Best Sex Writing 2009 guest judge gave the book a great plug in his latest MSNBC.com column (and a shoutout to one of my favorite pieces about sex in a very long time, Stacey D’Erasmo’s “Silver Balling,” originally published in Ellen Sussman’s anthology Dirty Words).
He also says that “trendy sex” is over, and if so, I say, Hallelujah! The idea that people are engaging in sexual acts because “everyone else is doing it” is sad and ludicrous to me. At the same time, I think we need more sexual information and I’d love to see more sex journalism and exploration of all the nooks and crannies of sex, the hidden worlds and the smaller subcultures, because I think what happens when you ignore those on the margins is that those who are in the closet or confused or ashamed stay that way because they feel like they’re the only ones.
Here’s Brian Alexander:
There is more to this than the economic downturn. These are signs of a waning hypersexual age.
The prediction does not ratify a phony moral revival. The end of sex trendiness has a lot to do with the fact that efforts to enforce religion-based sexual conservatism are over, too, at least for now. Defiance helped animate the rise of sex trends. With less force pushing in, there will be less force pushing out.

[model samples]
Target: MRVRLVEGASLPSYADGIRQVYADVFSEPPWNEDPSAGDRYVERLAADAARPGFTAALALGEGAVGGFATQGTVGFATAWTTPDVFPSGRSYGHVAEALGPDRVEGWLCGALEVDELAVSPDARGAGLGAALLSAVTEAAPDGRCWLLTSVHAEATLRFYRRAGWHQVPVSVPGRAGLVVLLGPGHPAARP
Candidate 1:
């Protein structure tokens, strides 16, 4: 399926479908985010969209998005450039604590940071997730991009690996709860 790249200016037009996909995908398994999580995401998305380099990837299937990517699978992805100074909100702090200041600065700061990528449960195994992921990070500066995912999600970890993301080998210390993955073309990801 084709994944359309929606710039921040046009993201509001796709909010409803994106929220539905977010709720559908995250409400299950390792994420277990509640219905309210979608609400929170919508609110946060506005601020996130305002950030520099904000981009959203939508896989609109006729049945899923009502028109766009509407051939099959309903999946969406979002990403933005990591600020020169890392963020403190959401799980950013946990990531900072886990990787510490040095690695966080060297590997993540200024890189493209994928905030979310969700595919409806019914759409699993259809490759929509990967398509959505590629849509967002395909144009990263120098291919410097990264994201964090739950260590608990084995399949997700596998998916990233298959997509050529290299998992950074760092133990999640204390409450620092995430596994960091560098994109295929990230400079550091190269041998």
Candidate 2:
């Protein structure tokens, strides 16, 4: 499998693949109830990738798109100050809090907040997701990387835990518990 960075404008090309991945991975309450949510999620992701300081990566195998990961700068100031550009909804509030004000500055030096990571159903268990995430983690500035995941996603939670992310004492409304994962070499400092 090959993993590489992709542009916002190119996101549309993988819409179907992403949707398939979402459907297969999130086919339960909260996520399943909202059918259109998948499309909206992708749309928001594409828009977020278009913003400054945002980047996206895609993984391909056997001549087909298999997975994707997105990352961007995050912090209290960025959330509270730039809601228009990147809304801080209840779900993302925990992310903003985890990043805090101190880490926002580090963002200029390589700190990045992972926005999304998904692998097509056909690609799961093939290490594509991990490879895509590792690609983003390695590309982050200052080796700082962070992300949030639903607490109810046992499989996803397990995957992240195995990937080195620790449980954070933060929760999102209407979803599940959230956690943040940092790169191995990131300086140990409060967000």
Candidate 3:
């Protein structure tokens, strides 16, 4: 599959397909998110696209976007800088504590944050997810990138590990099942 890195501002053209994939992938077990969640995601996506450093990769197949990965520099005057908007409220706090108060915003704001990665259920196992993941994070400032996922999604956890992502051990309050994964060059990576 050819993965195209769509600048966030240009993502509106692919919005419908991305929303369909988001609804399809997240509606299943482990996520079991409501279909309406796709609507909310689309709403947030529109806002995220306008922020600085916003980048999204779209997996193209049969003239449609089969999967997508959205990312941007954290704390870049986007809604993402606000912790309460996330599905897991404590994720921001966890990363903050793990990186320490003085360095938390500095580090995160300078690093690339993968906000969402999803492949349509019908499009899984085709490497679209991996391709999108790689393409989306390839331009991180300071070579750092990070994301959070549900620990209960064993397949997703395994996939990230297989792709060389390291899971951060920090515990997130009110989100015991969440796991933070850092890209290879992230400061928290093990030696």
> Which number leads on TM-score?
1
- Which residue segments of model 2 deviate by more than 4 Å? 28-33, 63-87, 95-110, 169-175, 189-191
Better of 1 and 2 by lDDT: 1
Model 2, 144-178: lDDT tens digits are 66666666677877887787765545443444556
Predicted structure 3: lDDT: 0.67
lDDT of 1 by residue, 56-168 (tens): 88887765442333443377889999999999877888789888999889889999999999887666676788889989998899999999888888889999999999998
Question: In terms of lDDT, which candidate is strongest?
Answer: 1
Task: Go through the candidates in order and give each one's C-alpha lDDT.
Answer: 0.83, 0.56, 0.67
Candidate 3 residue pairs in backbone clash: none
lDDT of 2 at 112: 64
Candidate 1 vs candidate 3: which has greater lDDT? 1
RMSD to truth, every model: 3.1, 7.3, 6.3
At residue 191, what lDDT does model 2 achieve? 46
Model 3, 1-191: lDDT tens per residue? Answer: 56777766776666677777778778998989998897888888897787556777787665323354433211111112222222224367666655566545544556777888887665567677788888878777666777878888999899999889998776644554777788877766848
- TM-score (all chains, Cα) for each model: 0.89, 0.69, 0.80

Recent studies showing that abstinence pledges can be harmful because they don’t stop teens from having sex, especially unprotected sex, is only further evidence that religious ideology makes for bad public policy. With any luck, we are about to install a government that will actually listen to the data.
Doing it, but not so much talking about it
Neither does it mean we are about to stop having sex, or trying things new to us, nor will we stop needing solid information about sex or having fun exploring it.
Rather, people are going to choose their own sexual paths but not talk about it so much. Some will choose abstinence until marriage and monogamy and intercourse strictly for procreation. Others will experiment and explore. To each his own.